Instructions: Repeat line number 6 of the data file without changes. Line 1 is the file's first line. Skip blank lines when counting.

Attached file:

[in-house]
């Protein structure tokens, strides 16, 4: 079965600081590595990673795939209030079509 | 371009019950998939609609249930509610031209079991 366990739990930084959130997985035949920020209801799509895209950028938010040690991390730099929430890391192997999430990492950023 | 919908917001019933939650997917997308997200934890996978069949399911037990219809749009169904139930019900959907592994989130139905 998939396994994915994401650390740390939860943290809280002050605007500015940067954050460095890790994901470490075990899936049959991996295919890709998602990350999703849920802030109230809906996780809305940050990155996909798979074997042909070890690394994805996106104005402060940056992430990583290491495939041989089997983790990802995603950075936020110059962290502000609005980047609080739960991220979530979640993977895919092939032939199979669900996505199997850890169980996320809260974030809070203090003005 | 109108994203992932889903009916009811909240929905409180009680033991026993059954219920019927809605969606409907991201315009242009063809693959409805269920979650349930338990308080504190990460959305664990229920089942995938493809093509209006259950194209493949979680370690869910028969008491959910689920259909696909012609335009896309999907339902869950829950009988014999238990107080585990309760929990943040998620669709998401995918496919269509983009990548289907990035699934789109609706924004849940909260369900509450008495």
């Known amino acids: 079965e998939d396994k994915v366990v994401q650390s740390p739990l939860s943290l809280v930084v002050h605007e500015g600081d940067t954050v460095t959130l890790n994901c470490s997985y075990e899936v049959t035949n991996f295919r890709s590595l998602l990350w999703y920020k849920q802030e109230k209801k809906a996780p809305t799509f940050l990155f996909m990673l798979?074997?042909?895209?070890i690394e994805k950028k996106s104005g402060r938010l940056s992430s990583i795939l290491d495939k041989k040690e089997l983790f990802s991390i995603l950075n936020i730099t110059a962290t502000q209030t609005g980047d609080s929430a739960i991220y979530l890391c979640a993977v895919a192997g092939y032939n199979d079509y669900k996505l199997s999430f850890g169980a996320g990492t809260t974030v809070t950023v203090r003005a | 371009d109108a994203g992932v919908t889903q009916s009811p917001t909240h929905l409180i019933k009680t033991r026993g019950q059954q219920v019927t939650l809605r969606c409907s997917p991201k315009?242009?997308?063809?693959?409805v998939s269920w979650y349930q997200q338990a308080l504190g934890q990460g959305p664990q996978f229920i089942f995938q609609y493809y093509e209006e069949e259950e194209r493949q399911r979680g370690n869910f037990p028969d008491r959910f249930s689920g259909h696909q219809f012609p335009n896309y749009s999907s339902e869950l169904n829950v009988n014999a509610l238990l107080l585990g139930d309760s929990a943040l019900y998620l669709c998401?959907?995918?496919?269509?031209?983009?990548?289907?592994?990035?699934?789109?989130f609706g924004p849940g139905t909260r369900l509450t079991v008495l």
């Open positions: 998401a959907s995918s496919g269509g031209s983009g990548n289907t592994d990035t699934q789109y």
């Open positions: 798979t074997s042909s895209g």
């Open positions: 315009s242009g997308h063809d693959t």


């Open positions: 315009s242009g997308h063809d693959t």